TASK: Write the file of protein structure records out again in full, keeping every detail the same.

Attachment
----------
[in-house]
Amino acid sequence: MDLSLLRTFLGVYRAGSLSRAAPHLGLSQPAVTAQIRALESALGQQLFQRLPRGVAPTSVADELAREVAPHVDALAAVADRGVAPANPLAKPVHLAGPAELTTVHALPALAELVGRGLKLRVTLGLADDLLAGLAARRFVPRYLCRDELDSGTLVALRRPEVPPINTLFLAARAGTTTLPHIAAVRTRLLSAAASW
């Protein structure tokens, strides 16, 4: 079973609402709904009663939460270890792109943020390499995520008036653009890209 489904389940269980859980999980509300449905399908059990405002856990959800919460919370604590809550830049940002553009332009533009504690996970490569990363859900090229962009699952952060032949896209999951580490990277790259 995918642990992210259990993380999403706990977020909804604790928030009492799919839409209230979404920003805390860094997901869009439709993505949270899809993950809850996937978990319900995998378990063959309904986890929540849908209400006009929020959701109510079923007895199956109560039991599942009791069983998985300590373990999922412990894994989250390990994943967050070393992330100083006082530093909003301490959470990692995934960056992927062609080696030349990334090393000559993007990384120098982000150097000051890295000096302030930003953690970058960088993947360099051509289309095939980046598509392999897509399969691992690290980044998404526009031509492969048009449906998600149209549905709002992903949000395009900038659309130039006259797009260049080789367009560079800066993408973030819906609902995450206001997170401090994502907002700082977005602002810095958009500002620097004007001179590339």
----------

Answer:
[in-house]
Amino acid sequence: MDLSLLRTFLGVYRAGSLSRAAPHLGLSQPAVTAQIRALESALGQQLFQRLPRGVAPTSVADELAREVAPHVDALAAVADRGVAPANPLAKPVHLAGPAELTTVHALPALAELVGRGLKLRVTLGLADDLLAGLAARRFVPRYLCRDELDSGTLVALRRPEVPPINTLFLAARAGTTTLPHIAAVRTRLLSAAASW
């Protein structure tokens, strides 16, 4: 079973609402709904009663939460270890792109943020390499995520008036653009890209 489904389940269980859980999980509300449905399908059990405002856990959800919460919370604590809550830049940002553009332009533009504690996970490569990363859900090229962009699952952060032949896209999951580490990277790259 995918642990992210259990993380999403706990977020909804604790928030009492799919839409209230979404920003805390860094997901869009439709993505949270899809993950809850996937978990319900995998378990063959309904986890929540849908209400006009929020959701109510079923007895199956109560039991599942009791069983998985300590373990999922412990894994989250390990994943967050070393992330100083006082530093909003301490959470990692995934960056992927062609080696030349990334090393000559993007990384120098982000150097000051890295000096302030930003953690970058960088993947360099051509289309095939980046598509392999897509399969691992690290980044998404526009031509492969048009449906998600149209549905709002992903949000395009900038659309130039006259797009260049080789367009560079800066993408973030819906609902995450206001997170401090994502907002700082977005602002810095958009500002620097004007001179590339």